If Nigeria Cannot Stay Together, We Should Go our Separate Ways – Former Minister, Prof Ango Abdullahi

A former Minister of Education and former Presidential Adviser, Professor Ango Abdullahi, has said that Nigeria’s unity is negotiable, adding that the “wish of being one is Utopian”.

According to THISDAY, the former Vice Chancellor of Ahmadu Bello University (ABU), Zaria suggested that if the amalgamation of the country by Lord Frederick Lugard in 1914 was a mistake, it would be best for each region to go their separate ways.

He made this known during the launch of two books by Dr. Hadiza Isa Wada titled, ‘Boko Haram: The Charade vs. Reality’, and ‘The Life and Times of Umaru Turakin Bauchi’.

He argued that no region is afraid of secession, and that if the country cannot stay together, then each region should go their separate ways.

He said:

The batures (Hausa for white people) have brought us together. They tried what they could before they left in 1960 to see whether this country could become a political unit that is stable, because without political stability it is impossible to stabilise any aspect of our socio-economic development.

They succeeded up to a point, but they were very lucky because they had our forefathers and founding fathers who were honest.

We might not be one, in terms of language or in terms of geographical location or in terms of customs or in terms of history or in terms of religion and so on, but as a people put in one country our first job is to understand one another.

Let’s understand one another. Understanding one another will be the basis for working together. This wish of being one is Utopian because if you look at examples of other parts of the world there’s a lot to learn from.

Take for example India that got independence in 1948, yet one or two years later Pakistan was created, and in another one or two years, Bangladesh emerged out of Pakistan, because there was insufficient basis on which India would stay together in the first place.

We are responsible for the conditions we’re experiencing today and that we have experienced over the years. This is the basis on which we have made slow or no progress in our development and I think we can accept this as a fact, or continue to pretend and go round and round and round in circles and at the end of the day come back to the same spot.

What are we hearing? We’re hearing about the restructuring of Nigeria. We’re hearing about secession, we’re hearing all sorts of things and who are the promoters of this rhetoric?

This is coming from the elite of the country. They’re right to speak their minds, but they should also leave me to speak my mind when the time is right because we cannot continue, because I remember in the last four or five years, particularly when we were headed towards the last elections. We saw all that and then I said it was time.

If Lugard made a mistake in 1914 let’s correct it now. Why not? If Nigerians cannot live together and allow peace and development to reign, then let’s go our separate ways and to our different places so that we can concentrate and develop our children and grandchildren in peace.

There’s nothing wrong with that. So many countries have gone through that before. So I don’t believe in all these emotions and sentiments that Nigeria is indissoluble.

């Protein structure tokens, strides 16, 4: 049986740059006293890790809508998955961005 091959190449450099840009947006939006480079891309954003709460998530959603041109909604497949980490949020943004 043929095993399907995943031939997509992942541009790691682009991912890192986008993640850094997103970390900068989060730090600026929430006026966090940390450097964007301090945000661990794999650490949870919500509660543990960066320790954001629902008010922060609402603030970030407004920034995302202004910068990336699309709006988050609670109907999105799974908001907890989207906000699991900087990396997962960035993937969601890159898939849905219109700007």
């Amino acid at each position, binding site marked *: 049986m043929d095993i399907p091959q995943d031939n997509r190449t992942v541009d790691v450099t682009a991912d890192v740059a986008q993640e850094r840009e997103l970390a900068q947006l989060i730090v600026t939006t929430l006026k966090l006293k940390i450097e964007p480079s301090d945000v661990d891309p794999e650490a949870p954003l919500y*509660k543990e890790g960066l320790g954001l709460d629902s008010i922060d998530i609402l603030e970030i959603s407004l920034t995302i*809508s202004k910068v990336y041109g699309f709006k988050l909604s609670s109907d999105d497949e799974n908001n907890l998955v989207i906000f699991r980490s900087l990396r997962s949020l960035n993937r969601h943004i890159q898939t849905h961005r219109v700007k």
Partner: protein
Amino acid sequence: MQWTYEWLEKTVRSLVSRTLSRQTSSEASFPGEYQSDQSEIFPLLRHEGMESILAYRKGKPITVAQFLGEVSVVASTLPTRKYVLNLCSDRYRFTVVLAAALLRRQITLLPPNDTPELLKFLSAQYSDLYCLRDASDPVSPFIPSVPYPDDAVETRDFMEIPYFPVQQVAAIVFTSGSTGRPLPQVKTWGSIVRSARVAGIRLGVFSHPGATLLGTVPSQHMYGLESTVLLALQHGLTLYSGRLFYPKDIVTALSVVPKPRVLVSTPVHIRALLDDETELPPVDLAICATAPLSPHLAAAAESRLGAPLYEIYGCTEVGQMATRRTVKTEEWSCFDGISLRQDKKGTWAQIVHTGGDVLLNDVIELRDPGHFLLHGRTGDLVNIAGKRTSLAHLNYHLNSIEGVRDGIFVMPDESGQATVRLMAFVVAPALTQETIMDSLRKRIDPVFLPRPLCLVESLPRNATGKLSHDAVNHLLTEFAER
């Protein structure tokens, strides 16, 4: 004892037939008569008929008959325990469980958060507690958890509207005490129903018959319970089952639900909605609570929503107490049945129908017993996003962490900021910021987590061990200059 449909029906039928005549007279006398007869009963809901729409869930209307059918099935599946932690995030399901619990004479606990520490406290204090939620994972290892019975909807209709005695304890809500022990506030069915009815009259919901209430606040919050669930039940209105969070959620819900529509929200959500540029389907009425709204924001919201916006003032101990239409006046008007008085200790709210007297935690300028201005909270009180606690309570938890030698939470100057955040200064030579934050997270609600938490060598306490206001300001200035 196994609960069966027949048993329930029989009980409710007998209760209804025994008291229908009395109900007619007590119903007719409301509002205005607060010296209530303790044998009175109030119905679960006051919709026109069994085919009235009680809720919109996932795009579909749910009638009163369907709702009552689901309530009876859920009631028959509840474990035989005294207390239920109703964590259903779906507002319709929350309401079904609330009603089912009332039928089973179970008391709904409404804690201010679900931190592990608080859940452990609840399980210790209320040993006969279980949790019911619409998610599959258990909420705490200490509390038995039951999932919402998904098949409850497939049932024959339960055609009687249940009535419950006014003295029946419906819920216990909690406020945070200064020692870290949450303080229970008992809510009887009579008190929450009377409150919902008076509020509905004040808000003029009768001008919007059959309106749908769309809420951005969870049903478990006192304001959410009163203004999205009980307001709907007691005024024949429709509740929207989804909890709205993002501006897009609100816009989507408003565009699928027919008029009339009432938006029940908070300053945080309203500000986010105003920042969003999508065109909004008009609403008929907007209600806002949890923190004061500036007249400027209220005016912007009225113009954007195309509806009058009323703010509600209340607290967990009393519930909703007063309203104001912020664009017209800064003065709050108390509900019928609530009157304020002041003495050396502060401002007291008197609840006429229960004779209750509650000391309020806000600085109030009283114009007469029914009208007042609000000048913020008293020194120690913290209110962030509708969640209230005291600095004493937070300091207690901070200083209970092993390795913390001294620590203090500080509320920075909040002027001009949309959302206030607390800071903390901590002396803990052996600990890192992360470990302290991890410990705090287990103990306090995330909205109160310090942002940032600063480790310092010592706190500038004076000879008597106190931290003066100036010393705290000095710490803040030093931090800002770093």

Take Great Britain, they’ve been a model for 1,000 years of democracy and then a year or two ago Scotland that had been in the union for about 350 years opted for a referendum to get out; same problem with Ireland.

The Soviet Union was a super power many years ago, today 12 or 13 countries were created from it.

So what is so special about Nigeria? If we find truly that we cannot develop and guarantee the welfare of our people as a nation and the solution is to go our separate ways, why not?

So you see this is the thing we have to always discuss at all times honestly, especially if we put into context the history of Boko Haram.

On the Boko Haram Terrorist sect, he said the ‘ragtag boys’ who were fed up with the things happening to them became members of Boko Haram.

“You ask the question where did Boko Haram got their sophistication and articulation from? No doubt from external connections, but external connections can only thrive if they have internal connections in the country itself.

But then came robberies and Boko Haram was blamed, then came in political interference.

Bombs were also put in churches and mosques and they were not entirely put by Muslims but by both religions. But the real offence was people who knew and should have spoken out did not do so.

Some of us including my teacher and I went to see (Goodluck) Jonathan to discuss it. Some days later, and we heard there was going to be some dialogue, but then two weeks later a state of emergency was declared and Boko Haram was banned.

So the question is who are you dialoguing with if you have banned Boko Haram? These are some of the contradictions we saw, which were clearly political.

We the northerners were taking the brunt of it. And those who ought to have said something stayed quiet. It was Murtala Nyako who came out and said something was going on and before you know it he was on exile,” he added

Abdullahi, who condemned the Niger Delta Avengers (NDA) as ‘economic terrorists’, asked the federal government to deal decisively with the militia group, in order to end vandalism in the oil region.

“In the Niger Delta, for example, people who come out openly and say they are avenging something and that they are fighting to avenge something, they’re worse than Boko Haram. So if you (federal government) are not going to fight the Niger Delta Avengers then stop fighting Boko Haram,” he said.